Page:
I turned up on Friday around 3pm. There was a small queue of traffic from both ends of the main road. I was guided down to park and the 10 minute walk began…..which turned into 15 with my 2 bags on my back.
Through the security gate to the camp site and it was already showing signs of being busy but managed to get a spot where I normally wouldn't…by the portable toilets… downhill! But as there was lack of spaces I accepted my fate.
The weather was already hot and people started getting frantic when they realised there were no more spaces for camper vans/caravans and even tents! You see Forgotten Fields is in its first year although it is the small sister festival to Kendall Calling (currently in its 10th year) you'd be mistaken to think they have not hosted a camping festival before.
It wasn't long before tents were being pitched everywhere including outside the entrance gate to the camping site. The queue for camper vans was all the way to the main road and I heard on the road also.
The arena opened and I went to explore and quickly noticed that the inside was managed better. Various stalls were set along the main walkway to the stages breaking up the short walk to the main site. The Cocktail Bar served double shot cocktails at £8.50 and Prosecco at £6 a glass, which I thought was overpriced but, tasted good in the heat. The Ale Tent was a little more modest starting at £4 and hosting FILO beers from Hastings, amongst other local ales.
With pint in hand I caught the Children's Area ranging from unusual bikes that you couldn't ride on normal ground let alone field, to low level tight rope and diablo juggling. This was a popular area for both families and couples trying to outdo each other. One couple were even keeping score of who was out doing the other on each event.
The food available ranged from spit roast chicken, pizzas to vegetarian curries. I went for the biggest one at Ghandi's Flip Flop which cost £8.50 but had 3 curries, 6 accompaniments which was very tasty. They did sell cheaper dishes at £6.50 and in general the food was cheaper at Forgotten Fields than other festivals but still more expensive than on the high street.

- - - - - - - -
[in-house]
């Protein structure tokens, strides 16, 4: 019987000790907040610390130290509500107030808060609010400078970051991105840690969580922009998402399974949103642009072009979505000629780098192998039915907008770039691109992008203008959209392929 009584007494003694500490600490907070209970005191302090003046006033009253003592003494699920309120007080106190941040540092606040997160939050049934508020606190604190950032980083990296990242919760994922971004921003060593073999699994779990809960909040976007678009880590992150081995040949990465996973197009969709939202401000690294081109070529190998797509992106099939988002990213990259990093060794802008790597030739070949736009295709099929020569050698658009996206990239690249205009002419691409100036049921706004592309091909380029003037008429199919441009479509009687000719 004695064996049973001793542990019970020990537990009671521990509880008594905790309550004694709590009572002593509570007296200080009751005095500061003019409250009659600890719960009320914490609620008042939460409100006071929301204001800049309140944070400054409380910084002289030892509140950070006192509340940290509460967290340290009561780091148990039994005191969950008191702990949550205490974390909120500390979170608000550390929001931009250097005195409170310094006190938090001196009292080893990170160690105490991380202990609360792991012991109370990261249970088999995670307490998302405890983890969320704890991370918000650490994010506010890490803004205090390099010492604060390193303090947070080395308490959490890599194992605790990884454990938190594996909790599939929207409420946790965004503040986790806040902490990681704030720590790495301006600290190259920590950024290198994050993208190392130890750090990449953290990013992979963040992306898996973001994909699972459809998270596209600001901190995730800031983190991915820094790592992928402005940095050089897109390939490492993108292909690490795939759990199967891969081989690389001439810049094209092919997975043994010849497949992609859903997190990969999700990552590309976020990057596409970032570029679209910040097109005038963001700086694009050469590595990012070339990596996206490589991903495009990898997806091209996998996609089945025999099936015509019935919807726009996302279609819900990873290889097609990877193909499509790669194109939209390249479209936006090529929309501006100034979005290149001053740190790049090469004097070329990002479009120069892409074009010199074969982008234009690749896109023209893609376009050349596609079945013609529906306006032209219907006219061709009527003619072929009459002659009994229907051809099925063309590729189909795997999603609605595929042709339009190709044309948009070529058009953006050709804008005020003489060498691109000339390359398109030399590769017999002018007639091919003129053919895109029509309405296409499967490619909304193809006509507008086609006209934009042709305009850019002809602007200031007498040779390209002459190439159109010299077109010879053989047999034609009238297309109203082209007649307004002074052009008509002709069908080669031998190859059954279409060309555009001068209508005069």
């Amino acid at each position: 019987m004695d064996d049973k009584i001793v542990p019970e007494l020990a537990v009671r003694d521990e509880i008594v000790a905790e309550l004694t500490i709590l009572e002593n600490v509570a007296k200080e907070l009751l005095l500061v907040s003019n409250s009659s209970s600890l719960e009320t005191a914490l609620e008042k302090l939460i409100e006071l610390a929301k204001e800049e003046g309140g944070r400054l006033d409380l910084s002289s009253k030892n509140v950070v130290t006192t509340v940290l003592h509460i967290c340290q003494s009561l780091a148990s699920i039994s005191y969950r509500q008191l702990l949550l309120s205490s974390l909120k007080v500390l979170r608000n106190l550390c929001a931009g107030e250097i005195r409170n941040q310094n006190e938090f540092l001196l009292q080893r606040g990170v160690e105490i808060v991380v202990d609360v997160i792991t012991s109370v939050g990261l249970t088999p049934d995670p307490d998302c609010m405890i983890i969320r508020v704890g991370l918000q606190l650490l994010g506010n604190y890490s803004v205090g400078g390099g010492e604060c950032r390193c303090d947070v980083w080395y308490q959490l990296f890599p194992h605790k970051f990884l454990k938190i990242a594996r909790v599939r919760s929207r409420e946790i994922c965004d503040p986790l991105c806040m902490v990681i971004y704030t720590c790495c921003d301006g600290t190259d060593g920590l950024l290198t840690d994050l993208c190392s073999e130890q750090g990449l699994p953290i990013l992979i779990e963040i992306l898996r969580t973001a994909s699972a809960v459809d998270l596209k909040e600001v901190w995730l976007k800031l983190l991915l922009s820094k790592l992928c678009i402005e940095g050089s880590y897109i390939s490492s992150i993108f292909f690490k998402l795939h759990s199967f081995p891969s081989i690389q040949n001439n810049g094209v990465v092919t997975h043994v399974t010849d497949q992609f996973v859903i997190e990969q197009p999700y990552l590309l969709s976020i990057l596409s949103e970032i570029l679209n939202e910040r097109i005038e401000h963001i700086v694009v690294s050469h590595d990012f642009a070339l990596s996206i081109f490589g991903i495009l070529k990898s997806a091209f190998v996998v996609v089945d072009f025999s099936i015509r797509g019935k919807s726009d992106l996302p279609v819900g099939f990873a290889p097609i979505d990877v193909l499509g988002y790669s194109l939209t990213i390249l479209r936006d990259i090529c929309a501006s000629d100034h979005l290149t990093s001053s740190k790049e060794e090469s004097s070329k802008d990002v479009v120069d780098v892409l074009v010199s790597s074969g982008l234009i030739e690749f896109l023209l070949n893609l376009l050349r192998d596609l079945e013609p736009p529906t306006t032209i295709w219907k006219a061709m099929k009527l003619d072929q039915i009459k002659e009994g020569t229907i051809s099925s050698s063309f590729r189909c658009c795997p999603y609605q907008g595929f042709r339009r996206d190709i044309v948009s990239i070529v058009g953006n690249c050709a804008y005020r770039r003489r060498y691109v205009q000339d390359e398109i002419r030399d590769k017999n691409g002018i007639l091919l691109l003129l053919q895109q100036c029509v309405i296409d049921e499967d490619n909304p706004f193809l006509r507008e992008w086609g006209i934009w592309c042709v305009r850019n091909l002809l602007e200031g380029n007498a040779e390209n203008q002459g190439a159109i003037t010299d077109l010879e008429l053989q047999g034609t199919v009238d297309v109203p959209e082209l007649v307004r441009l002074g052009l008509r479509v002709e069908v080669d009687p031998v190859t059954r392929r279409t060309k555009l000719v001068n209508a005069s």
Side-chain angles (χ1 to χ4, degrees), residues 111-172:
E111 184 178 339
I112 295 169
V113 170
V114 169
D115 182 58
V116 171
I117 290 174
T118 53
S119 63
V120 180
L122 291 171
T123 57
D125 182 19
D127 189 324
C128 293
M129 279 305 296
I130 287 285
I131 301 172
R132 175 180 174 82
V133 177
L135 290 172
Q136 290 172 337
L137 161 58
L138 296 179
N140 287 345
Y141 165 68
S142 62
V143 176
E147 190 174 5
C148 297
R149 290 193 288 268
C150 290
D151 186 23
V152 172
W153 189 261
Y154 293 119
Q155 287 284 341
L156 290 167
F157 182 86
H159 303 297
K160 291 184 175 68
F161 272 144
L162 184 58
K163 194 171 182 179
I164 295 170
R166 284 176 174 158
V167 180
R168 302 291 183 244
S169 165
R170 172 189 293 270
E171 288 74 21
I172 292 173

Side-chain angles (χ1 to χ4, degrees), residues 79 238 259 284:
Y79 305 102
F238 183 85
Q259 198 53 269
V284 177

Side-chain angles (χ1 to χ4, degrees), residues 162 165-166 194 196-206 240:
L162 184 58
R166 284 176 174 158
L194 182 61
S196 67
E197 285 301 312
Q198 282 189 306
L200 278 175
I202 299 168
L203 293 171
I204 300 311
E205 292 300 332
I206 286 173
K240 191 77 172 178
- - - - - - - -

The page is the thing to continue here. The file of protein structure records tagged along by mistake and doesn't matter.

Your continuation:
The music stages consisted of the Main Stage, Horizons Stage filled with regional acts, Tim Peaks House Party Stage with some great up and comers and Gypsy Disco for the odd and obscure. There was also a cinema but I didn't manage to get into it this weekend.
My biggest let down personally was on the Sunday the campsite ran out of drinking water. For a 4,000 – 5,000 capacity festival I couldn't work out how they ran out. Everybody that was camping was complaining about it but all agreed that inside the arena things were chilled and you forgot about the negatives once there. The staff, security and organisers were a credit to the weekend handling all the complaints and empathising with the punters.
On the first day Slamboree took my attention with their Cirque Le Soir dancers, flame entertainers and colourful carnival of beauty. They stamped their presence on the festival and the audience bought into it. With stalls in the festival selling bubbles, face painting and family area having circus activities they all went hand in hand.